This week: Two weeks off and straight to the deep end – it’s time for our usual deep dive into the monthly numbers. 🙌
|Dec. 31 to Jan. 6||Prev 4 Week Avg.||% Change||Dec. 24-30|
|New Pending Sales||326||502||12.35%||283|
|30 Year Fixed Mortgage||3.22%||3.10%||0.81%||3.11%|
Rates climbed by 1/8 of a point since Christmas according to the posted rate from Freddie Mac last week.
Unfortunately, that 3.22% is old news. Rates continued to move A LOT higher since that rate was posted last Thursday. This is the fastest climb we’ve seen in a very long time. As of the time of this writing, the average 30-year fixed rate is at 3.64%.
With rates increasing like this, prospective buyers are getting antsy to lock them in before they go even higher. They’re coming out in full force right now.
With 1,600 homes on the market, if you’re lucky enough to be involved in any of those listings you know firsthand that the buyer frenzy is already starting.
If you are representing buyers and are looking for help in getting more offers accepted, check out THIS INCREDIBLY WELL-TIMED TRAINING from my good friend, rockstar agent, and team lead, John Gluch.
|Detached (11-2021)||Detached (11-2020)||% Change||Attached (11-2021)||Attached (11-2020)||% Change|
|% Orig List Price||101.3%||100.2%||1.1%||102.1%||99.4%||2.72%|
|30 Yr Fixed||3.07%||2.77%||10.82%|
The % to list price metric jumped back up in December which is definitely outside of the normal yearly trend. If you needed another sign that Q1 is going to be 🔥 HOT HOT HOT 🔥 for sellers, there ya go.
We finished the calendar year of 2021 at a year-over-year appreciation rate of 14.5% for detached homes and 17.8% for attached.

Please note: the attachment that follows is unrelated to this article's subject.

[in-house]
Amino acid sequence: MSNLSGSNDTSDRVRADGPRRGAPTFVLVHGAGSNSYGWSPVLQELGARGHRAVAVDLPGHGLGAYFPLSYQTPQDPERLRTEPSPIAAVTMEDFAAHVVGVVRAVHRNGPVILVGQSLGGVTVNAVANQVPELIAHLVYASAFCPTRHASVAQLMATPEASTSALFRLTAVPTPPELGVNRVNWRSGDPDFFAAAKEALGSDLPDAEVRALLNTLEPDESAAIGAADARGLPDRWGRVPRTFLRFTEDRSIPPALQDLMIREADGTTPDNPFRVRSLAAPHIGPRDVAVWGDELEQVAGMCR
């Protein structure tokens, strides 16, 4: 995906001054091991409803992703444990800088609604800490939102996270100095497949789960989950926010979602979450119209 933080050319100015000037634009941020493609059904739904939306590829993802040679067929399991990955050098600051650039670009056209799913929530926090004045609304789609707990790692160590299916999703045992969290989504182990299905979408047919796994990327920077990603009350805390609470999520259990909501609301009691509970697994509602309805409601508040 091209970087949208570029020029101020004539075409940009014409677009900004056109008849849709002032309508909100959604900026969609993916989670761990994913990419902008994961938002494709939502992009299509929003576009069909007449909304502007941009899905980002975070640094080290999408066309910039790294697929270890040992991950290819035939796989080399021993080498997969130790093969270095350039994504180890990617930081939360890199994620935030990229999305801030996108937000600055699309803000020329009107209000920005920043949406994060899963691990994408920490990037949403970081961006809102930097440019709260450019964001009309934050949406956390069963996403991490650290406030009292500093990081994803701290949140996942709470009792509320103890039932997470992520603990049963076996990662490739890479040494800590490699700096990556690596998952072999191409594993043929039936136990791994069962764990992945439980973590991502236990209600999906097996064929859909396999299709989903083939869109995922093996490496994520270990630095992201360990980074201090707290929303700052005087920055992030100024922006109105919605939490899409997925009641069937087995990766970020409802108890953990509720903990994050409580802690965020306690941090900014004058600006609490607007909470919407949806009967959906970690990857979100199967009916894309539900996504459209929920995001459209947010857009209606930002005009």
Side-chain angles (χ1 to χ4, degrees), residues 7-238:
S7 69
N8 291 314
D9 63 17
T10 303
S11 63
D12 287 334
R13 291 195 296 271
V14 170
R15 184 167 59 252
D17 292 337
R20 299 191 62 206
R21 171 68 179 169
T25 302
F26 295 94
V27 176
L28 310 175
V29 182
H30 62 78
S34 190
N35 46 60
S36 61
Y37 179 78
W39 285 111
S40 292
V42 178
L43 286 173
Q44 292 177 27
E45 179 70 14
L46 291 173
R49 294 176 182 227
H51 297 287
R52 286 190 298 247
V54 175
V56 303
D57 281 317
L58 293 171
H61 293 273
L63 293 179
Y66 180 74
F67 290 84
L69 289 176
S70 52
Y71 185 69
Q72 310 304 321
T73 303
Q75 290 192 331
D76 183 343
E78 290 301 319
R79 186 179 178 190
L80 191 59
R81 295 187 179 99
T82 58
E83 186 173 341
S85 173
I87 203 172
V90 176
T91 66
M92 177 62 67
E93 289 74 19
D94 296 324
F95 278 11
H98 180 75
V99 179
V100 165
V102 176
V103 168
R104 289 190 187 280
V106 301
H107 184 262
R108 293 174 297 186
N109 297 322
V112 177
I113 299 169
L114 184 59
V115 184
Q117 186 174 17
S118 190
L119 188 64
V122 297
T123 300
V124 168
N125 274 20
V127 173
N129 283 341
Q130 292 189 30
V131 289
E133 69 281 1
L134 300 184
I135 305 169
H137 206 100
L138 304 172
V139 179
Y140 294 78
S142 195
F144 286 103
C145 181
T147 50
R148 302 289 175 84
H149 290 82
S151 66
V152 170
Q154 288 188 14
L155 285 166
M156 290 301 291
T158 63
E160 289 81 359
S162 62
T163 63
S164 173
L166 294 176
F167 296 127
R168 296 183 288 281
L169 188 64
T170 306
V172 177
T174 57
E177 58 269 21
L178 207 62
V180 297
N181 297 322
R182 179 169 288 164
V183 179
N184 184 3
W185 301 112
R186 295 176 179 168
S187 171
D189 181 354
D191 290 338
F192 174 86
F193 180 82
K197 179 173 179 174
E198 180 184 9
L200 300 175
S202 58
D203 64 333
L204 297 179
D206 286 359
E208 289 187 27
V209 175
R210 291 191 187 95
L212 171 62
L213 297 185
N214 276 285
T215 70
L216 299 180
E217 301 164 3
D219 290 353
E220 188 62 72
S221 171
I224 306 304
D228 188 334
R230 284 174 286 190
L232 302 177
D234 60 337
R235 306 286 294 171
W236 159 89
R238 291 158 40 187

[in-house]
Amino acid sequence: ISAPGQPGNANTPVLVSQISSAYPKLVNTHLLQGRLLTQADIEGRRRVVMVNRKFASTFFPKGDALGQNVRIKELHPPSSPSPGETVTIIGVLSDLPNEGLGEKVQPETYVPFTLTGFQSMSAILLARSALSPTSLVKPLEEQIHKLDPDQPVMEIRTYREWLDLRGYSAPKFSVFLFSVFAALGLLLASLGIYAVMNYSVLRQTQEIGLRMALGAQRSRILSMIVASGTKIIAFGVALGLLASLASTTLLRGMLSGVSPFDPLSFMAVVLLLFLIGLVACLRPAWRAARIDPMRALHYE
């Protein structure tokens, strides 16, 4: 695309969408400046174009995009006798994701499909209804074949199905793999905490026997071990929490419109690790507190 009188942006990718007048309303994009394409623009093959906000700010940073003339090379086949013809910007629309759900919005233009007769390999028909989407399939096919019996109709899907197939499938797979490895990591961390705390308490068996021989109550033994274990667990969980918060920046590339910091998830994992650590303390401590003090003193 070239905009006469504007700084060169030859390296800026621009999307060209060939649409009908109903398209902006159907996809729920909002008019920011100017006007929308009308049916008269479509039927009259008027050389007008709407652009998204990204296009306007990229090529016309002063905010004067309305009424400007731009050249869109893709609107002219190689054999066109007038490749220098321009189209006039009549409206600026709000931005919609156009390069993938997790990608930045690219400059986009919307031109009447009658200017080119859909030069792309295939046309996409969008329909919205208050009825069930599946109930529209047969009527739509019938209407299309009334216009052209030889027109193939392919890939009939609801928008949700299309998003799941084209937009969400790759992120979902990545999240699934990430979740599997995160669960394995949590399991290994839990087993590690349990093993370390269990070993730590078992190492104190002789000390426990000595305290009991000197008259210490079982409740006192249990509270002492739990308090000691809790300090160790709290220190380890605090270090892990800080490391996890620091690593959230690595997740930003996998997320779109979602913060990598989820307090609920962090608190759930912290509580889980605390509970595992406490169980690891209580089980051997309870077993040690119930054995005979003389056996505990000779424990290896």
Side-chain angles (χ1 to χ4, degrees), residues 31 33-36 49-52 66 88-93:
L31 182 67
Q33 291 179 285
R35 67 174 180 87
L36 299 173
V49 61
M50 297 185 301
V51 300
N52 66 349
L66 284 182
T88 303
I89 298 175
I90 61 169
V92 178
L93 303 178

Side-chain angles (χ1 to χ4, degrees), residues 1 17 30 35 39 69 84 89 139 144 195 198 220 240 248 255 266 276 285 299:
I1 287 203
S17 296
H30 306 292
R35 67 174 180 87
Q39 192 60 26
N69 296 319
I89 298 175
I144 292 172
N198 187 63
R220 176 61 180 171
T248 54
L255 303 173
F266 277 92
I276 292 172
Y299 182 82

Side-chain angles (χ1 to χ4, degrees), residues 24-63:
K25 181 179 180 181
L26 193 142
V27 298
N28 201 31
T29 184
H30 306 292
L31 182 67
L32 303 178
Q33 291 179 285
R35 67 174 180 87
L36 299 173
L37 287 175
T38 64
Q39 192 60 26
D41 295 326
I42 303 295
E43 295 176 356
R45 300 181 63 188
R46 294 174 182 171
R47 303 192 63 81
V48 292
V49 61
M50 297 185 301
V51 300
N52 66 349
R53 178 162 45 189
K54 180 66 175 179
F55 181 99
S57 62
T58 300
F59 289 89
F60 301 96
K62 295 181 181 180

As a result, affordability dropped 20% for the year. That number will continue to drop as interest rate increases start to hit these monthly calculations.
- Let’s all balk in jealous envy at the most expensive San Diego homes sold in 2021.
- Cash home sales hit their highest level in 7 years.
- Upfront fees for high balance and second home loans are going to increase on April 1.
- The biggest event on the docket this week is the inflation measure consumer price index (CPI) that drops on Wednesday. Considering the Fed’s response to inflation is what is causing the run-up for mortgage rates, anything related to inflation is a big deal right now. If the release shows the inflation surge is slowing down on its own we could see a rebound for mortgage rates later this week. If the release is worse than expected…well then it could get ugly.
The San Diego real estate market is influenced primarily by three variables right now:
- Housing supply
- Mortgage rates
- Local job market (employment and wages)
Every month I touch on each one to see how we’re doing using labels. GREEN means upward pressure on prices, YELLOW means even pressure, and RED means downward pressure.
Housing Supply – VERY GREEN
We’ve never started the year with less available inventory for sale. And with interest rates rising, move-up buyers are going to have reason to second-guess that decision which will restrict inventory even further.
Mortgage Rates – YELLOW
Rates are spiking hard and fast. If it continues at this pace for another month this indicator will turn RED. This is the one variable that can move quickly enough and impact affordability enough to change the market environment on a dime.
Jobs – GREEN
The Great Resignation is real. Employees have more power today than they’ve had in decades.
On a national level, the U.S. added 199,000 jobs in December, far below expectations of 422,000. But on the flip side, the unemployment rate declined more than expected, to 3.9% from 4.2% in November, and wages increased 4.7% year over year.
On a local level, The unemployment rate in San Diego County was 4.6 percent in November 2021, down from a revised 5.3 percent in October 2021, and below the year-ago estimate of 6.8 percent.
The bidding wars have already started. I expect fast and furious price gains in Q1 similar to last year.
The affordability crisis has eliminated a lot of buyers from being able to afford to buy a home…meaning even though we have crazy low inventory, the pool of prospective buyers is a lot smaller than in times past, meaning the market can sustain less inventory than it used to before we start to see a supply and demand shift.
I’m confident prices will end up higher by the end of the year, but with rates on the rise, I expect the increase to be less than what we saw in 2021.